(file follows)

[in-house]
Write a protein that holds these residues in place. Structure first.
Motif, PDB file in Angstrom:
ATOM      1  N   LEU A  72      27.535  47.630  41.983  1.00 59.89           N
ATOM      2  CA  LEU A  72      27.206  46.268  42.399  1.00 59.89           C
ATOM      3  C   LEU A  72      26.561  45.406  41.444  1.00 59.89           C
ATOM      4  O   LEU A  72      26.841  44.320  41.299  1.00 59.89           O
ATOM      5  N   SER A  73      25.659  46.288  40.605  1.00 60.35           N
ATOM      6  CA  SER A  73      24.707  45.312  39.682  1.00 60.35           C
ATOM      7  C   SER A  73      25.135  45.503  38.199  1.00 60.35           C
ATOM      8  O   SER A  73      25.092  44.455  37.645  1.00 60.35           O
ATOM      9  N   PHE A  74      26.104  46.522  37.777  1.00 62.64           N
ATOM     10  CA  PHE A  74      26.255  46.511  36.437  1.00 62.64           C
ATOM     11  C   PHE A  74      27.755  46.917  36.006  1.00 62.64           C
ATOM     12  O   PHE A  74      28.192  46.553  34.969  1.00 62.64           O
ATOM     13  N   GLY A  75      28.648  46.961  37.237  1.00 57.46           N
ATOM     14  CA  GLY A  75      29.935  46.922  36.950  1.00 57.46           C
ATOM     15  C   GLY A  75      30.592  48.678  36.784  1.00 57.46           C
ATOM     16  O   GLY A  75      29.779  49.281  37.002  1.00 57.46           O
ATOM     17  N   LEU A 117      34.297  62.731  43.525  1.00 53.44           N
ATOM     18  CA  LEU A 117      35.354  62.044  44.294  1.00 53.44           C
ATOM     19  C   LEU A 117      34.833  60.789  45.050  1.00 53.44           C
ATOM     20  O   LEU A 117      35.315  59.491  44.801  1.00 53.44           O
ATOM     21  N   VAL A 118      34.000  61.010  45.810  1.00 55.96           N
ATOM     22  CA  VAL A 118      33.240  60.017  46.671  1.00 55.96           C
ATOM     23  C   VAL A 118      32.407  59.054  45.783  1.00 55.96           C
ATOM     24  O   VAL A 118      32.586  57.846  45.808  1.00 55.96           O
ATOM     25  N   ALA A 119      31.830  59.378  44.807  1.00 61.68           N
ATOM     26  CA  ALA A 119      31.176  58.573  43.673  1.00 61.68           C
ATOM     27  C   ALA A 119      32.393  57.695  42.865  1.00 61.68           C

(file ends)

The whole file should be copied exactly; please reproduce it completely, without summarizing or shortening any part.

[in-house]
Write a protein that holds these residues in place. Structure first.
Motif, PDB file in Angstrom:
ATOM      1  N   LEU A  72      27.535  47.630  41.983  1.00 59.89           N
ATOM      2  CA  LEU A  72      27.206  46.268  42.399  1.00 59.89           C
ATOM      3  C   LEU A  72      26.561  45.406  41.444  1.00 59.89           C
ATOM      4  O   LEU A  72      26.841  44.320  41.299  1.00 59.89           O
ATOM      5  N   SER A  73      25.659  46.288  40.605  1.00 60.35           N
ATOM      6  CA  SER A  73      24.707  45.312  39.682  1.00 60.35           C
ATOM      7  C   SER A  73      25.135  45.503  38.199  1.00 60.35           C
ATOM      8  O   SER A  73      25.092  44.455  37.645  1.00 60.35           O
ATOM      9  N   PHE A  74      26.104  46.522  37.777  1.00 62.64           N
ATOM     10  CA  PHE A  74      26.255  46.511  36.437  1.00 62.64           C
ATOM     11  C   PHE A  74      27.755  46.917  36.006  1.00 62.64           C
ATOM     12  O   PHE A  74      28.192  46.553  34.969  1.00 62.64           O
ATOM     13  N   GLY A  75      28.648  46.961  37.237  1.00 57.46           N
ATOM     14  CA  GLY A  75      29.935  46.922  36.950  1.00 57.46           C
ATOM     15  C   GLY A  75      30.592  48.678  36.784  1.00 57.46           C
ATOM     16  O   GLY A  75      29.779  49.281  37.002  1.00 57.46           O
ATOM     17  N   LEU A 117      34.297  62.731  43.525  1.00 53.44           N
ATOM     18  CA  LEU A 117      35.354  62.044  44.294  1.00 53.44           C
ATOM     19  C   LEU A 117      34.833  60.789  45.050  1.00 53.44           C
ATOM     20  O   LEU A 117      35.315  59.491  44.801  1.00 53.44           O
ATOM     21  N   VAL A 118      34.000  61.010  45.810  1.00 55.96           N
ATOM     22  CA  VAL A 118      33.240  60.017  46.671  1.00 55.96           C
ATOM     23  C   VAL A 118      32.407  59.054  45.783  1.00 55.96           C
ATOM     24  O   VAL A 118      32.586  57.846  45.808  1.00 55.96           O
ATOM     25  N   ALA A 119      31.830  59.378  44.807  1.00 61.68           N
ATOM     26  CA  ALA A 119      31.176  58.573  43.673  1.00 61.68           C
ATOM     27  C   ALA A 119      32.393  57.695  42.865  1.00 61.68           C